About the Political Terror Scale
The Political Terror Scale (PTS): A Re-Introduction and a Comparison to CIRI
Reed M. Wood & Mark Gibney
Despite the frequency with which scholars have utilized the Political Terror Scale (PTS), a surprising number of questions remain regarding the origins of the scale, the coding scheme it employs, and its conceptualization of “state terror.” This research note attempts to clarify these issues. We also take this opportunity to compare the PTS with the Cingranelli and Richards Human Rights Data Project (CIRI). Although the PTS and CIRI are coded from the same source material and capture the same class of human rights violations, we observe some important differences between the two that we believe may be of interest to scholars in the quantitative human rights community. First, we believe that the CIRI claims a level of precision that is not possible given the source data from which both datasets are coded. We believe that the PTS offers a transparent coding system that recognizes the inherent limitation in measuring abuses of physical integrity rights. Second, we argue that the CIRI’s method of summing across abuse types leads to some inappropriate categorizations. For instance, the absence of one type of abuse prevents a state from being coded into a more repressive overall category regardless of the levels of other types of abuse. Lastly, the PTS accounts for the “range” of violence committed by the state - in short, what segments of the population are targeted. We believe that range is an important dimension to consider in measuring human rights and one to which CIRI does not attend.
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How PTS Measures Levels
The PTS measures levels of political violence and terror that a country experiences in a particular year based on a 5-level “terror scale” originally developed by Freedom House. The data used in compiling this index comes from two different sources: the yearly country reports of Amnesty International and the U.S. State Department Country Reports on Human Rights Practices.
In the construction of an index for each year for each report, countries are scaled as if the reports are accurate and complete. The five PTS levels are listed below.
In determining the levels coders are provided with the following instructions:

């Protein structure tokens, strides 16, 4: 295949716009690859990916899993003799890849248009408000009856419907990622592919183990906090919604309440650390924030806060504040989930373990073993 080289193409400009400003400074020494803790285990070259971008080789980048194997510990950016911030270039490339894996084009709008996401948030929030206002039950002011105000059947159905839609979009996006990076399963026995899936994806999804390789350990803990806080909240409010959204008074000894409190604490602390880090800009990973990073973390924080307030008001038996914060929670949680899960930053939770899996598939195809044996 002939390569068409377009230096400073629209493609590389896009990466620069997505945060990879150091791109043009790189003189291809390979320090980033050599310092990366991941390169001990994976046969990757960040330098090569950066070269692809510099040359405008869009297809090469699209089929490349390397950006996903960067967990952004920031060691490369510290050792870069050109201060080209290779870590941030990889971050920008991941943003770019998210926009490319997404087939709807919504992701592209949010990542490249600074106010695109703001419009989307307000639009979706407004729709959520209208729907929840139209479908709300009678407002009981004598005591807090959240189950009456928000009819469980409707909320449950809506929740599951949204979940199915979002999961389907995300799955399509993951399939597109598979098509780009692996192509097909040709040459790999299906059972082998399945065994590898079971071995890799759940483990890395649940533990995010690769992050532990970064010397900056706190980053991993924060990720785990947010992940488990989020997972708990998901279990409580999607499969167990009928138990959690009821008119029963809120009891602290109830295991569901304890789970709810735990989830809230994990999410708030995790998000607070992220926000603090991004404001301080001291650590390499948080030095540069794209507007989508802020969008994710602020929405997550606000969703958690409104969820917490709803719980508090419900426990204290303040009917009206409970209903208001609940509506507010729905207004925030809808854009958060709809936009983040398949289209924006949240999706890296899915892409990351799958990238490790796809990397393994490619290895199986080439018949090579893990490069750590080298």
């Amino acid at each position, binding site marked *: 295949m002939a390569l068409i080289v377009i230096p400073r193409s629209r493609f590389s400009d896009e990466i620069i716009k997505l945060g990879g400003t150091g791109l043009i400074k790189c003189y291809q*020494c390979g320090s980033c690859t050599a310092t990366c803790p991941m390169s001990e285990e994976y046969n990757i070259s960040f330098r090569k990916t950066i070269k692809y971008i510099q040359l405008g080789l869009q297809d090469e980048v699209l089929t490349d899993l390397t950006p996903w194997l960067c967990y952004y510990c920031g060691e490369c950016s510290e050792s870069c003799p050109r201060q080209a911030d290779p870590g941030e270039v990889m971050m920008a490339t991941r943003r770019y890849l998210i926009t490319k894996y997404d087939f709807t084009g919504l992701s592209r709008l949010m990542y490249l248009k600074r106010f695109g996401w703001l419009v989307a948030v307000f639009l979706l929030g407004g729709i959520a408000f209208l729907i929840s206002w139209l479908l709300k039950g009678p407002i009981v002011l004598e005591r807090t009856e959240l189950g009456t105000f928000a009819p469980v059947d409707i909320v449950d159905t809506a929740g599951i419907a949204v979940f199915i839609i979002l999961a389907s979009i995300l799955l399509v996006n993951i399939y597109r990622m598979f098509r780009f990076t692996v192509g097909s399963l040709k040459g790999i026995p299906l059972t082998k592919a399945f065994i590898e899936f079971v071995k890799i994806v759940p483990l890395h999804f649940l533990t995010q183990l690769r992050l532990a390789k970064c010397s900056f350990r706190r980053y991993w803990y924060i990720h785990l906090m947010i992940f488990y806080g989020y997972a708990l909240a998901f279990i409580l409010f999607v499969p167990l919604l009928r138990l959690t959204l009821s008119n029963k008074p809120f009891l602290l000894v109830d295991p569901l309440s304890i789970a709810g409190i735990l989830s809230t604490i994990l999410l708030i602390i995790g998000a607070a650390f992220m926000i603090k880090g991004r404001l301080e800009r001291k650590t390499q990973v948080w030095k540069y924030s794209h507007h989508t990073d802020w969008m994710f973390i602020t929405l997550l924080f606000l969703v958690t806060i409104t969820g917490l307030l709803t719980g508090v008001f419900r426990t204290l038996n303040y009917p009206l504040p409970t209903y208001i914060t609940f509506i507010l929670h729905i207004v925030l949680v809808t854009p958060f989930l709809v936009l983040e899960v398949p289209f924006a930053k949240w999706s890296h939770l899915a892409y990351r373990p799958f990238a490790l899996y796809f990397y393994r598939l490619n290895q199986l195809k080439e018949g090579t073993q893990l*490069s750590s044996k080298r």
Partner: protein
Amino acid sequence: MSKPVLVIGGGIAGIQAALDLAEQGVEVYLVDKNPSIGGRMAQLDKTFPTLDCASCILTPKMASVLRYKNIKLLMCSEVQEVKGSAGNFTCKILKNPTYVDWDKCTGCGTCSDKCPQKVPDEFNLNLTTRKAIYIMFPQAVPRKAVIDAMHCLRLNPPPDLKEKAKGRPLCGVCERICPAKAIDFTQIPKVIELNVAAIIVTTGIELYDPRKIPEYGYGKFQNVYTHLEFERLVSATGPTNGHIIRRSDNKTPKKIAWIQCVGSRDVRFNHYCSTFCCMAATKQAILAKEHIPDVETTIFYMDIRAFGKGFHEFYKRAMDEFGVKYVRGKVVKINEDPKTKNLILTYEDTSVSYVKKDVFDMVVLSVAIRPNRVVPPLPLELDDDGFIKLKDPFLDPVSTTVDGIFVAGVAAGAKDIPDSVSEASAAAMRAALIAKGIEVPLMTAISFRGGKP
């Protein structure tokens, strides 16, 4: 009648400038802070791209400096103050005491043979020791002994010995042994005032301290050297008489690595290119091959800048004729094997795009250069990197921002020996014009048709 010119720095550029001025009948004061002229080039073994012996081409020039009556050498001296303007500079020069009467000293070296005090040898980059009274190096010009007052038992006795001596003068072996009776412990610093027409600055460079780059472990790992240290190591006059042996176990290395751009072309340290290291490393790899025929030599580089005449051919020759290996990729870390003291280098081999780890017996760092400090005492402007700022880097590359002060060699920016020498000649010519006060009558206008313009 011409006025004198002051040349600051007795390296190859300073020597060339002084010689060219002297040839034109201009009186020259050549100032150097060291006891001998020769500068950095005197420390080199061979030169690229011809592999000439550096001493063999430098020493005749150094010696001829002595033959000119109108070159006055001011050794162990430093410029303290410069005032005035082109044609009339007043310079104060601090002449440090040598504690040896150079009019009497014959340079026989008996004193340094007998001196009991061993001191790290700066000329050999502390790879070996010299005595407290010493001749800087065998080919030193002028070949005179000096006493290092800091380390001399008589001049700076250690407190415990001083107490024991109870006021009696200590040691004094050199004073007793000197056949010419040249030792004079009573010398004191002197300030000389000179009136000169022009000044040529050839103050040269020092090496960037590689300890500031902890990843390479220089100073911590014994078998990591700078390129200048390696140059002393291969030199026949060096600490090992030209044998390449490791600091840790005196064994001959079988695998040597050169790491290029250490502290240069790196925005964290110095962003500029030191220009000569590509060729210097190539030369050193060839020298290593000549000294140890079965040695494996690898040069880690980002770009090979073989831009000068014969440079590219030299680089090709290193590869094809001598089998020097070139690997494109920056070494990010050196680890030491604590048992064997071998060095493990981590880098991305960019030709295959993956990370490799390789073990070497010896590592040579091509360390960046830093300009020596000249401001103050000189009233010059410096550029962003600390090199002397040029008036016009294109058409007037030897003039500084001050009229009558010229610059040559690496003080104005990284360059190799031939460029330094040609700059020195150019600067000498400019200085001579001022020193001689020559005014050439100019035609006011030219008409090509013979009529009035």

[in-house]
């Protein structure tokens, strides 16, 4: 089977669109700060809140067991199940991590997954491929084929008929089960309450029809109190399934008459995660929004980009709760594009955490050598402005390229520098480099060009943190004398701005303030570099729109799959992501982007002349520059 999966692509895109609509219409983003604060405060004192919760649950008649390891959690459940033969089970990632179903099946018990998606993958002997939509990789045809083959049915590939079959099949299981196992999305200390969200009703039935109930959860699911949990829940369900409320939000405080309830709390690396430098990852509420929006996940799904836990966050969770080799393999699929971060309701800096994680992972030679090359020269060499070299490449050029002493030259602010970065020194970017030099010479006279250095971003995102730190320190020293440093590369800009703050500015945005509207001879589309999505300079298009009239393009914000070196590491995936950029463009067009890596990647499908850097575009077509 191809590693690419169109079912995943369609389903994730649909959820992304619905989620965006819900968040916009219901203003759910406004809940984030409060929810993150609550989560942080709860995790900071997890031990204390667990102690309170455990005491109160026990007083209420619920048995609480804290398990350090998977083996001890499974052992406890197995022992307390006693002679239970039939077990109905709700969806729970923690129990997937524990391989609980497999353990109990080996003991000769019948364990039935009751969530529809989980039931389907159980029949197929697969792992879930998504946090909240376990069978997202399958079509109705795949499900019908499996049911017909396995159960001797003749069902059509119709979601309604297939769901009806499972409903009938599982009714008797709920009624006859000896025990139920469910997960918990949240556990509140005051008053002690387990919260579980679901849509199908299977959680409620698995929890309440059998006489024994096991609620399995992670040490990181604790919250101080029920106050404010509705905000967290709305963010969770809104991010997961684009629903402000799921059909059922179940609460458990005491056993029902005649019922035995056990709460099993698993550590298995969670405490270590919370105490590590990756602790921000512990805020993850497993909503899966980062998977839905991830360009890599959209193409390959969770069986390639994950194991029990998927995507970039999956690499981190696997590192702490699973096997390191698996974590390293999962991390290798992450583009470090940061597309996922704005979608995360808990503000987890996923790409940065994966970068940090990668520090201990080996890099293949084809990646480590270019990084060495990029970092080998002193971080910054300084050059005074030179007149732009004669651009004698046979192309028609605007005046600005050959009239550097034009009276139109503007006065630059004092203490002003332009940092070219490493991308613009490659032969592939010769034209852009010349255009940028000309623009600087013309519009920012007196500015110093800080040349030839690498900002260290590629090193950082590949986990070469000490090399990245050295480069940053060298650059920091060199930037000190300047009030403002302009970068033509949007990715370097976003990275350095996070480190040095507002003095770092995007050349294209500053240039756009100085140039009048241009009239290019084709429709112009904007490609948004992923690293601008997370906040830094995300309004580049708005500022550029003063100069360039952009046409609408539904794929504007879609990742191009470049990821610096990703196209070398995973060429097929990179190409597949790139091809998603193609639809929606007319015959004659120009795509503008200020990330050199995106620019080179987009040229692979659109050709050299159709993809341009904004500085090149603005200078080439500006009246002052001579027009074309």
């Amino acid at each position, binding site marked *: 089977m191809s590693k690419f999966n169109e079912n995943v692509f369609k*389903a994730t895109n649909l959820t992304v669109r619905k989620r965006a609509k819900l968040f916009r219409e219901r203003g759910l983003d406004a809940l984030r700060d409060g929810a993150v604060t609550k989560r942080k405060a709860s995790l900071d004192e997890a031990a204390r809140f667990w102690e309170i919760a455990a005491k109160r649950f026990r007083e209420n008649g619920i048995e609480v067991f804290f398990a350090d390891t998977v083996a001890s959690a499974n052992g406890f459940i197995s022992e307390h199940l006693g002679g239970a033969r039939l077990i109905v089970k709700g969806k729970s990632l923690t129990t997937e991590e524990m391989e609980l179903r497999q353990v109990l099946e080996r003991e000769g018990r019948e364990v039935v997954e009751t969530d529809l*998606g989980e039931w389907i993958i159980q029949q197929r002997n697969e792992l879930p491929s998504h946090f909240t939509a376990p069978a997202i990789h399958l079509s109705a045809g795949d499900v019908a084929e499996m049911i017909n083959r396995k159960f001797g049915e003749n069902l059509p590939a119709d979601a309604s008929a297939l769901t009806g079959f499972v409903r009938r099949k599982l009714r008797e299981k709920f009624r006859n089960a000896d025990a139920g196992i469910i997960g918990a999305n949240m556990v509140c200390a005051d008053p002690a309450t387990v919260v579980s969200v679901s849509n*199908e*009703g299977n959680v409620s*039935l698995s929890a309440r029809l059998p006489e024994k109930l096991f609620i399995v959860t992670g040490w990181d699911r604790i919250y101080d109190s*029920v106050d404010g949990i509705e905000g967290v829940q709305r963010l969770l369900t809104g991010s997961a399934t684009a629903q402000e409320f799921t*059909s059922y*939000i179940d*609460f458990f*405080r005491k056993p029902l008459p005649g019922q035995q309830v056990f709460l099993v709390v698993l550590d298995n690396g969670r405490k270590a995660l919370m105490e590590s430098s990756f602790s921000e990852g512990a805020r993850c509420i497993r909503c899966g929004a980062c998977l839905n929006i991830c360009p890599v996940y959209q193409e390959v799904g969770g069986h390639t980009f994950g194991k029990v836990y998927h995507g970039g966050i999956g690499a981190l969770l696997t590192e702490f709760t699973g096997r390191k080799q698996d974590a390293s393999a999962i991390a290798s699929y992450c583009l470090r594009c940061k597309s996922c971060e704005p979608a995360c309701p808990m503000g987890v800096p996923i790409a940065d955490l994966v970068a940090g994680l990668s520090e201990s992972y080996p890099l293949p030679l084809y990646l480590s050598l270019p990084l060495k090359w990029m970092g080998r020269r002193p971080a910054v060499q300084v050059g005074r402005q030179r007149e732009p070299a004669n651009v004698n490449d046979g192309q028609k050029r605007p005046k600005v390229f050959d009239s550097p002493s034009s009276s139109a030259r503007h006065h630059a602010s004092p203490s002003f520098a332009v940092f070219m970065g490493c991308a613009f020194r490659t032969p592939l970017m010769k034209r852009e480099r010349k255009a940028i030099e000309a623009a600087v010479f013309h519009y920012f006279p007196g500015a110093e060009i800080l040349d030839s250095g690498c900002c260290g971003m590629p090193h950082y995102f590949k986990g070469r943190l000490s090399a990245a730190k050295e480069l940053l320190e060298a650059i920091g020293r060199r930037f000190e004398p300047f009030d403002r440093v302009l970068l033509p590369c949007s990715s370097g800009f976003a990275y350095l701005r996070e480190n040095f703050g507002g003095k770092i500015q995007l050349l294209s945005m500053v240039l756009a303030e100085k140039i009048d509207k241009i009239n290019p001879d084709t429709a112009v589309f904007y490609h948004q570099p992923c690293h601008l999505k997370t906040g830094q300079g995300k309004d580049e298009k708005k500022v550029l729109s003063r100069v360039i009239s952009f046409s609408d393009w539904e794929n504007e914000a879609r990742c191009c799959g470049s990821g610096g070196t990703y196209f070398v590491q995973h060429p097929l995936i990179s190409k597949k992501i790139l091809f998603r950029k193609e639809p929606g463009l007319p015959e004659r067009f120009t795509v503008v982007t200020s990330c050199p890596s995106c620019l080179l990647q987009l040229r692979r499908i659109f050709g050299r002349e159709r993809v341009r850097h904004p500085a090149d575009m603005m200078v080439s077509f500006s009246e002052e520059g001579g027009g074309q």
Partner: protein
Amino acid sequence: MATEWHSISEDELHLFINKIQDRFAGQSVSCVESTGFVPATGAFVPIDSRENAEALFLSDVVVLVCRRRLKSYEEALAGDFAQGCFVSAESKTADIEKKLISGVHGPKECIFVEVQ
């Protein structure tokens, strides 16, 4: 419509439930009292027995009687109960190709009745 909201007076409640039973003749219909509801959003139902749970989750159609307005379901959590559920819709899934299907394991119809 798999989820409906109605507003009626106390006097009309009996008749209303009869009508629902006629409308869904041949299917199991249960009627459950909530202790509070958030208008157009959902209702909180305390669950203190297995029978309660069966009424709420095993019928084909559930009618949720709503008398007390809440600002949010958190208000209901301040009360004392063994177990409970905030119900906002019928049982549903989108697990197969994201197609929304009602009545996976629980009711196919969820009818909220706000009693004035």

Ignore Own Biases.
Coders should make every attempt to keep their own biases out of their work.
Thus, coders are instructed to ignore their perceptions of a country, and to limit their coding to the information provided in the country report.
Give Countries the Benefit of the Doubt.
Coders also are instructed to give the benefit of the doubt in favor of the countries they are coding. Thus, if a coder thinks that a country could be scored as either a level 2 or a level 3, the country is to receive the lower score. Sometimes coders will not feel comfortable making a choice between two levels. In those instances, coders will oftentimes score a country using both numbers, such as 2/3. If the coder has either of these numbers, we use the level where there is agreement.
Read What the Report is Saying.
Finally, coders are instructed to read what the report is trying to say.
One of the keys is to look at the adjectives used in these reports. For example, “reports” of torture is different in kind (and less serious) than “widespread” torture, which also is different (and less serious) than “systematic” torture.
One of the more difficult problems is how to deal with the situation where a country's human rights situation changes dramatically during the course of the year. It is not out of the ordinary for a nearly installed regime to pursue policies that are diametrically opposed to that which preceded it. In these instances, we instruct the coders to consider when the regime change occurred. For example, if a repressive regime was ousted late in the calendar year, the score probably should reflect the human rights situation that existed for most of the year. On the other hand, if the change occurred anywhere near the middle of the year or before then, the score should reflect this change.
Political Terror Scale Levels
Level 5 : Terror has expanded to the whole population. The leaders of these societies place no limits on the means or thoroughness
with which they pursue personal or ideological goals.
Level 4 : Civil and political rights violations have expanded to large numbers of the population. Murders, disappearances, and torture are a common part of life. In spite of its generality, on this level terror affects those who interest themselves
in politics or ideas.
Level 3 : There is extensive political imprisonment, or a recent history of such imprisonment. Execution or other political murders and brutality may be common. Unlimited detention, with or without a trial, for political views is accepted.
Level 2 : There is a limited amount of imprisonment for nonviolent political activity. However, few persons are affected, torture and beatings are exceptional. Political murder is rare.
Level 1 : Countries under a secure rule of law, people are not imprisoned for their views, and torture is rare or exceptional. Political murders are extremely rare.